Say the words “first person puzzle game” to anyone, and chances are the first thing they’ll think of is Portal, Valve’s seminal sci-fi masterpiece. And rightly so, as both Portal and its sequel are genre-defining games. What most people probably won’t think of, though, is a little title called Pneuma: Breath of Life, which hit the Xbox One last year.
In Pneuma you were a godlike entity discovering the world for the first time, learning to manipulate its energies and experience its intricacies, something achieved mostly by solving environmental puzzles in a largely lifeless, though very pretty, world. Developer Bulkhead Interactive has now returned to the genre with a game that seems to combine Pneuma and Portal into a more engaging affair than its previous attempt; one that may never reach the heights set by Portal but which occasionally comes close.
The protagonist and player character for much of the game is Ava Turing, an astronaut and scientist who wakes from hyper-sleep aboard a research vessel in the orbit of Jupiter’s moon, Europa. The rest of her team is missing, with several presumed dead, somewhere on the frozen moon’s surface. Guided by the lab’s artificial intelligence construct, known as Tom, you must lead Ava through the research base and uncover the mystery behind recent events on Europa.
Designed as a collection of interchangeable modules below ground, the base itself has become a maze. Tom informs you early on that the team have rearranges the modules, though he doesn’t know why. Your primary task is to get through the lab by unlocking each successive module, usually by solving a puzzle to power the door. The path through the game is very linear, and while it’s often taxing, you’re never unsure where to go next and the puzzles themselves rarely frustrate.
This is primarily because they’re designed around non-lateral thinking, hence the reference to the Turing Test. The idea is that a machine couldn’t solve these puzzles, which mostly involve transferring power between different nodes using the Energy Manipulation Tool. Solutions are rarely obvious until you stop trying to find the most logical answer and instead look at the puzzle for what it is. It’s tricky to explain, but in practice it’s an effective design method.
Less effective is the fact that you can occasionally exploit the level design to leap a gap you shouldn’t be able to, or find an angle on a node that lets you rob its energy from outside the room. Confusingly, these don’t feel like you’re cheating because you’re supposed to be thinking outside the box, but it’s still not technically following the rules.
As the story progresses – told mostly through Tom and Ava’s conversations or audio logs – you’ll come across new mechanics at a steady, satisfying pace, which makes the 8 – 10 hour runtime seem shorter than it is. There are moments that make little sense, like why you have to work so hard to open a door when there’s an open window beside it, and Ava can’t climb anything when she’s clearly able-bodied and some of the power blocks you carry would make excellent steps, but on the whole the puzzles are fun, varied and fast-paced enough to remain fresh throughout.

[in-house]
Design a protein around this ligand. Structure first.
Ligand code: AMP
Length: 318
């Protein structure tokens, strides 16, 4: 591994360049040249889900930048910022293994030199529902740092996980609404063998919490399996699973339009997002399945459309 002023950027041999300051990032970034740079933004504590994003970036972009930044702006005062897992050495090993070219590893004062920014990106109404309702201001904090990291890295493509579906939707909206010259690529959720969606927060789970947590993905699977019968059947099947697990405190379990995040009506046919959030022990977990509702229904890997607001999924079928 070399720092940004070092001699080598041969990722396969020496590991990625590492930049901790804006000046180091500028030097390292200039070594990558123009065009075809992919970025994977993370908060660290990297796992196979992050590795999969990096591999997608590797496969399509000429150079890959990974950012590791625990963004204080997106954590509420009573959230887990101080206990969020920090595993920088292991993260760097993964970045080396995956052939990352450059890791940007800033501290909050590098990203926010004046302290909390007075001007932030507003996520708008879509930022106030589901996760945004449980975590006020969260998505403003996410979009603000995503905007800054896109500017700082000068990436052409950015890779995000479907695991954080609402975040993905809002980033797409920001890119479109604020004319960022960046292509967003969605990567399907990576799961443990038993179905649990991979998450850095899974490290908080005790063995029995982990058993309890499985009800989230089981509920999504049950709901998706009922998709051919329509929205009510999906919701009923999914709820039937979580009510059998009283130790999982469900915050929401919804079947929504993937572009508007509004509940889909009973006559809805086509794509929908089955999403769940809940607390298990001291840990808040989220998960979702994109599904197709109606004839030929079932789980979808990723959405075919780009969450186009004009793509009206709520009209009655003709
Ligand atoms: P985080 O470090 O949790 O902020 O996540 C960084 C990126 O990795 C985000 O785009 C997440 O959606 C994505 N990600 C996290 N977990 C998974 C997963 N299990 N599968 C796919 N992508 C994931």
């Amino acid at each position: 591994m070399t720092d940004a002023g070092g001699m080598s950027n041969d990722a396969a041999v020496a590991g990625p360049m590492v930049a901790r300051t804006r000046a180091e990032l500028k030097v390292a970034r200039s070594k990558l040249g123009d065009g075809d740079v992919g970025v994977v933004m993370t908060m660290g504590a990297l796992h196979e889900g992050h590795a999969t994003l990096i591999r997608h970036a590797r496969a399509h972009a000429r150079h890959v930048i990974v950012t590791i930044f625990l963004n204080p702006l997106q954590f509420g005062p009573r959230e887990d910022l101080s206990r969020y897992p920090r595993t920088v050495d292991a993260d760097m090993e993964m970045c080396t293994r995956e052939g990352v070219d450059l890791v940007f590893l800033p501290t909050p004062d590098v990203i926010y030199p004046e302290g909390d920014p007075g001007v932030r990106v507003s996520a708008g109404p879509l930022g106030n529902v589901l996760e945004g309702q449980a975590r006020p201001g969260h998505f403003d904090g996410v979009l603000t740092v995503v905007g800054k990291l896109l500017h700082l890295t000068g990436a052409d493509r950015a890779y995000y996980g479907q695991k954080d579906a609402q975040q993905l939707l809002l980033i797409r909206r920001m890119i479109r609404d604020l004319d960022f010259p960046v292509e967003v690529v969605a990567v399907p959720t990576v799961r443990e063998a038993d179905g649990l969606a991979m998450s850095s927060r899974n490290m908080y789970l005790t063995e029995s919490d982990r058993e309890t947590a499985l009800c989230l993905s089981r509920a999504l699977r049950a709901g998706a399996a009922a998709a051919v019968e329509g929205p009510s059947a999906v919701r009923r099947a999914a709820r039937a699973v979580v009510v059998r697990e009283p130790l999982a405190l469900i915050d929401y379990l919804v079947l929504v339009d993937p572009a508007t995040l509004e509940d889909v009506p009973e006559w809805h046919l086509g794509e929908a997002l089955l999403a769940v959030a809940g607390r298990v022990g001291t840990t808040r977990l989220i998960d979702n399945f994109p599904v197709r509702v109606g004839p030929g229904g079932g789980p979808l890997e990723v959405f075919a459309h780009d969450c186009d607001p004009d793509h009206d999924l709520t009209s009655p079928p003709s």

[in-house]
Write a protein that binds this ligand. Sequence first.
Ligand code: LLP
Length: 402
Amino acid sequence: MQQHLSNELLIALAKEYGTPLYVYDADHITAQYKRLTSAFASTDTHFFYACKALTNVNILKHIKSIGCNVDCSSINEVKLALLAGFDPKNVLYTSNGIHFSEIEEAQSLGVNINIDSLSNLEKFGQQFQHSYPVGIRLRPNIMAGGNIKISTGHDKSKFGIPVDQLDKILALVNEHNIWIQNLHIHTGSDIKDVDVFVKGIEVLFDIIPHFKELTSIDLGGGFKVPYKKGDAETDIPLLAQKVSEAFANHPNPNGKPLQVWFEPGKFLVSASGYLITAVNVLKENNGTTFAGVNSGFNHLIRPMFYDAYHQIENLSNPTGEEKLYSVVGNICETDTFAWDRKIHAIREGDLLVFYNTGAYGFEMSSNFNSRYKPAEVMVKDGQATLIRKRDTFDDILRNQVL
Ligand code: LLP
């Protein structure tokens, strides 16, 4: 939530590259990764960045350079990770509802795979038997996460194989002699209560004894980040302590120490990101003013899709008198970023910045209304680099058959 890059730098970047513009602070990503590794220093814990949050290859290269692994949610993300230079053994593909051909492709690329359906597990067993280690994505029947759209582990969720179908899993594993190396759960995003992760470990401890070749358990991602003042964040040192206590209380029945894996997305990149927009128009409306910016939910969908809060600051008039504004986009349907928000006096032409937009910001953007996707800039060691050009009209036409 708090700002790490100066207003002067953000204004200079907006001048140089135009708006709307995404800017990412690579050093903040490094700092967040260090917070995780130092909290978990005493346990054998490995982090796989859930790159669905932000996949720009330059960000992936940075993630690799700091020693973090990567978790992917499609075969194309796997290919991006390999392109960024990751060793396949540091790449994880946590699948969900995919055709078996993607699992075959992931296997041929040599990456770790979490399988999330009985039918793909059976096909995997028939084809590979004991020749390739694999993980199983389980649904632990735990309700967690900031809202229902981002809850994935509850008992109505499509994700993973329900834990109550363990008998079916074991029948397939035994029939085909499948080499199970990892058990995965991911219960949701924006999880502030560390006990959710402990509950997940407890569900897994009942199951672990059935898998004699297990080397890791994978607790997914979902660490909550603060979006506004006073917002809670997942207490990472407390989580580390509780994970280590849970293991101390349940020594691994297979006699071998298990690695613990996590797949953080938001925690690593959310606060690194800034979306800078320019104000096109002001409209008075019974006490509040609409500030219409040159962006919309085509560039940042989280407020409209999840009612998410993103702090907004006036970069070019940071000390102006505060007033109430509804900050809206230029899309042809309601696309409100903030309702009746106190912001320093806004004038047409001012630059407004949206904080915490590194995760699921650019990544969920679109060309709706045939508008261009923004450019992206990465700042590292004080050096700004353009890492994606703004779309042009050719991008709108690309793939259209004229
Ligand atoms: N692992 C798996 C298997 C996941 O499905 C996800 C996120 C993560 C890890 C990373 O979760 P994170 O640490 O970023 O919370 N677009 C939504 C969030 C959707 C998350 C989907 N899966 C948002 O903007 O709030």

More interesting is the story itself. There’s a genuine mystery at work here, one that always feels that it’s leading you towards the discovery of something terrible and life-changing. Many times, the story references a new life-form recently discovered on Europa, or hints at grizzly fates that may have befallen the team. Unlike Portal, The Turing Test eschews dark humour in favour of something that feels more deliberately sinister. Tom reminds me of Michael Fassbender’s android David in Prometheus: functional, pragmatic, and coldly, creepily efficient.
His relationship with Ava is that of a scientist who has grown fond of a test subject, who discusses his role and his work as though justifying it. You rarely feel as though your choices are your own, as Tom’s ready advice combines with the linear path to funnel you from place to place, discovery to discovery.
What The Turing Test proves above all else is that Bulkhead has great potential as a developer. This title builds upon Pneuma in every way, and the scripting and voice acting is exceptional. The atmosphere is never less than moderately unsettling, the mystery intriguing and compelling enough to always be pulling you on. It lets itself down now and then by being a little easy to exploit, and there are moments where you’ll wonder why Ava can’t just climb something or break something to keep going, but it’s a competent, if somewhat subdued, adventure from start to finish.
Solid script and voice work
Compelling core mystery
Introduces new mechanics steadily
Not terribly exciting
Occasionally easy to exploit
Sometimes unintentionally silly